I have suspected that consumers rely on their zestimate more than we’d like to admit.
It’s been around for ten years, so it’s familiar and easy. Because there isn’t any other internet tool like it, homeowners follow their zestimate and fantasize about their equity position – and start believing. Zillow sends regular reminders which reinforce that there might be something to it.
When I’m talking to sellers, if my price is different than the zestimate, I better have a good explanation. Likewise, I don’t mind when the zestimate is above my list price. If buyers happen to believe in the zestimate’s accuracy, then it helps make my listing look like a deal.
But the truth is that the zestimate is wildly inaccurate and heavily manipulated by Zillow to suit their own needs – especially in their quest to buy homes from coast to coast.
A good friend has been contemplating the sale of this home in Santa Monica. We have watched the zestimate rise steadily over the years, and once it touched $8,000,000, we thought it would be a good time to put it on the market and hope the zestimate would help propel the sale.
As we prepared to launch the listing, I monitored the zestimate closely:
June 16th Zestimate
The zestimate had gone up $362,339 in the last 30 days, and was well into the $8,000,000s. We planned to list for $6,950,000, which would have looked very attractive, relatively.
The next day, our zestimate got revised.
June 17th Zestimate
Whoa – it dropped $3,284,879 in one day???
We had committed to at least conducting some price discovery, so we listed for $6,950,000 on June 22nd.
What did Zillow do?
- They changed the zestimate to the EXACT list price,
- They suggested a sales range evenly around the list price
- They erased the history of the $3,284,879 drop from five days prior:
June 22nd Zestimate
The zestimate went from $8,195,161 to $4,910,282 to $6,950,000 in less than a week.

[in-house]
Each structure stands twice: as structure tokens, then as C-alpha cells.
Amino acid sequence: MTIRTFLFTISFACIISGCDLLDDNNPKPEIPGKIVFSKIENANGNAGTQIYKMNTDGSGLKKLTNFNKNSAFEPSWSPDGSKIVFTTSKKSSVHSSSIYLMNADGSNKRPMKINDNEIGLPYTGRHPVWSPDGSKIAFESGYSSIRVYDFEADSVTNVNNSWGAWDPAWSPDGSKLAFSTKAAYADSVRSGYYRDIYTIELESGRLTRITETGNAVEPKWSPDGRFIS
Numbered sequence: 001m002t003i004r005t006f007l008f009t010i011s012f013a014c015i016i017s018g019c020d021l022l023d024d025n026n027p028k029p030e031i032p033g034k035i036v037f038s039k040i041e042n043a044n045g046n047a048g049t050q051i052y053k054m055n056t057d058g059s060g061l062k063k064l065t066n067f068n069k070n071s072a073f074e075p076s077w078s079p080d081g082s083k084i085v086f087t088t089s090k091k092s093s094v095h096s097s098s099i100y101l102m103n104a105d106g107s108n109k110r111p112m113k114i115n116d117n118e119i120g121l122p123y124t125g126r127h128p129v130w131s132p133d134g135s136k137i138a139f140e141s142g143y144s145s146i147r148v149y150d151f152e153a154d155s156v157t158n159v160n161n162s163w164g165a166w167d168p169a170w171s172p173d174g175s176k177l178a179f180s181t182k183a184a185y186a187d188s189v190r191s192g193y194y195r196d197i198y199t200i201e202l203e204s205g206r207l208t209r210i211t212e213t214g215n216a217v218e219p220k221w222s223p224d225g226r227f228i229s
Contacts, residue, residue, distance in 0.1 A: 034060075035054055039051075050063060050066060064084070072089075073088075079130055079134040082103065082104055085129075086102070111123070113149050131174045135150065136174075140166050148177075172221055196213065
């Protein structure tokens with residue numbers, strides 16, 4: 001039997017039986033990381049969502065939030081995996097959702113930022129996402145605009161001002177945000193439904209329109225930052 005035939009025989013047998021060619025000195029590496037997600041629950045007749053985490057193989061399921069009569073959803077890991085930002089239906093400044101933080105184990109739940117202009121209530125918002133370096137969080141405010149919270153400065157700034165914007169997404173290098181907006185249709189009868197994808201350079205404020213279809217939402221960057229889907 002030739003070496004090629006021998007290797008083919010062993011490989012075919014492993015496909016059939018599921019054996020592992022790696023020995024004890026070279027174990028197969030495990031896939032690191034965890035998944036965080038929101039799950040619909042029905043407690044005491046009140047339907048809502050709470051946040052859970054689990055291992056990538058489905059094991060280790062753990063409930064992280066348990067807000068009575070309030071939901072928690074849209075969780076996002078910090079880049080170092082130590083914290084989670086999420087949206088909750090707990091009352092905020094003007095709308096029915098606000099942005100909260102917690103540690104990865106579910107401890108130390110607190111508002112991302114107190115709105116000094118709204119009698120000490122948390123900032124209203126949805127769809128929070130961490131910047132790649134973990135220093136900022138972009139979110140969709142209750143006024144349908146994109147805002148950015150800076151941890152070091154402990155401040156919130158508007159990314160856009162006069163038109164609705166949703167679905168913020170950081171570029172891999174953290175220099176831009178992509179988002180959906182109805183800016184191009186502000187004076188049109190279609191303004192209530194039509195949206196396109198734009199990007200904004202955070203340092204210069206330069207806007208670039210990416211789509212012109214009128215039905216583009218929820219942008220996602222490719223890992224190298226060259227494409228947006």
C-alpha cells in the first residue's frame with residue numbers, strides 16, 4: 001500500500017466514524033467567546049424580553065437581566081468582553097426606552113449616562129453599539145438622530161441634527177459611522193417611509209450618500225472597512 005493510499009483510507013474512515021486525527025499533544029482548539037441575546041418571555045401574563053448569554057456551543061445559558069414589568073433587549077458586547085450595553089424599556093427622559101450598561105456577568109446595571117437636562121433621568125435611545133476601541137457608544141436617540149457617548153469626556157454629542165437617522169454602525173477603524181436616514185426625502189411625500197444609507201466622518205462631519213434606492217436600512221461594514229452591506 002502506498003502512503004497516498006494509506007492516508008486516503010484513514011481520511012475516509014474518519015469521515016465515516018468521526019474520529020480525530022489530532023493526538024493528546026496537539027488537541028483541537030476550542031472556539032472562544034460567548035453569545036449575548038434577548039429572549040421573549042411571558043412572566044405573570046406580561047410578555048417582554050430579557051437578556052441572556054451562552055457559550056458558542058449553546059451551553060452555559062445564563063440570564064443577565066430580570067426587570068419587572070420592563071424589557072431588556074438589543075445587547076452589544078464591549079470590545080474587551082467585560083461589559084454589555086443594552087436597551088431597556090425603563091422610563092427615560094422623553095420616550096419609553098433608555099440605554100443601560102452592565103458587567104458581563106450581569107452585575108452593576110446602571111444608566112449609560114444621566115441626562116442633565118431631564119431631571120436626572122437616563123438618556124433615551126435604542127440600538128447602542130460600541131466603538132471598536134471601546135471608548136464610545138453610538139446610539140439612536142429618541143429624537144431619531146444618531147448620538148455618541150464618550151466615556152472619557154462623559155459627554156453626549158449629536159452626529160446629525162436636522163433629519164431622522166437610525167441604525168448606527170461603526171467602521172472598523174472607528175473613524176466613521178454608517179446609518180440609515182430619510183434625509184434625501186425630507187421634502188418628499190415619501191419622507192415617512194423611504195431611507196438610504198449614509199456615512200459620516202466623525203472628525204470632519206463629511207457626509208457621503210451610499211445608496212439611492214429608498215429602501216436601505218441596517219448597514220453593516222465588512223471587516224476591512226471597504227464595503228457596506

You’d be crazy to trust anything they say.
It was the erasing of the previous drop that is the most disturbing – which they have done for years. If you drop $3 million in one day, then stick with it – don’t recreate history just to make yourself look better.
Seattle real estate giant Zillow Group announced new tweaks to its Zestimate tool that provides home value data on more than 104 million properties. The company now uses machine learning-based neural networks and additional data that improve how quickly the algorithm reacts to market trends.
Zillow said Zestimate’s national median error rate for off-market homes is now 6.9%, an improvement of nearly a full percentage point. The median error rate for on-market homes is 1.9%.
Using neural networks was a technique used in 2019 by the winners of the ZIllow Prize, a competition to improve the Zestimate.
Zillow launched the Zestimate in 2006. It marked the first time that homeowners gained access to estimated home values — data that was previously only available to real estate agents, appraisers and mortgage lenders.
Some have criticized the tool over the years. A group of homeowners in Illinois sued Zillow in 2017, alleging that the Zestimate tool is often inaccurate and difficult to get changed, and that Zillow markets it as roughly equivalent to an appraisal. The homeowners argued that the tool undervalued their homes and made it harder for them to sell. A federal appeals court sided with Zillow in the lawsuit.
Zillow is now using the Zestimate to make cash offers on homes, part of the company’s new focus on the end-to-end home-buying and selling experience.
I like that house. Franklin & Montana in SM is about as pure residential in the big city as you can get short of the Brentwood Rotary neighborhoods. https://email@example.com,-118.4887723,16.81z
Used to live about 8 blocks away. Here’s to a successful bidding war.